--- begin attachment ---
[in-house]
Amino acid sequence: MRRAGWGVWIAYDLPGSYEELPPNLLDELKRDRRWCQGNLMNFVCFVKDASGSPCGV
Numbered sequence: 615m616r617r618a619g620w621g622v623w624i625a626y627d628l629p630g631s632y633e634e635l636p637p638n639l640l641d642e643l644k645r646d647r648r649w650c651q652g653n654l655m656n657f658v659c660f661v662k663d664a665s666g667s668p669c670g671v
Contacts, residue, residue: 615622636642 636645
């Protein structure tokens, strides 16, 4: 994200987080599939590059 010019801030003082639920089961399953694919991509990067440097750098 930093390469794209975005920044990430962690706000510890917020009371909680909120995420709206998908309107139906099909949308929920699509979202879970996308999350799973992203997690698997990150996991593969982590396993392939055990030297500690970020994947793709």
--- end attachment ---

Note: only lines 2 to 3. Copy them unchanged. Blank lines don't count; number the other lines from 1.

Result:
Amino acid sequence: MRRAGWGVWIAYDLPGSYEELPPNLLDELKRDRRWCQGNLMNFVCFVKDASGSPCGV
Numbered sequence: 615m616r617r618a619g620w621g622v623w624i625a626y627d628l629p630g631s632y633e634e635l636p637p638n639l640l641d642e643l644k645r646d647r648r649w650c651q652g653n654l655m656n657f658v659c660f661v662k663d664a665s666g667s668p669c670g671v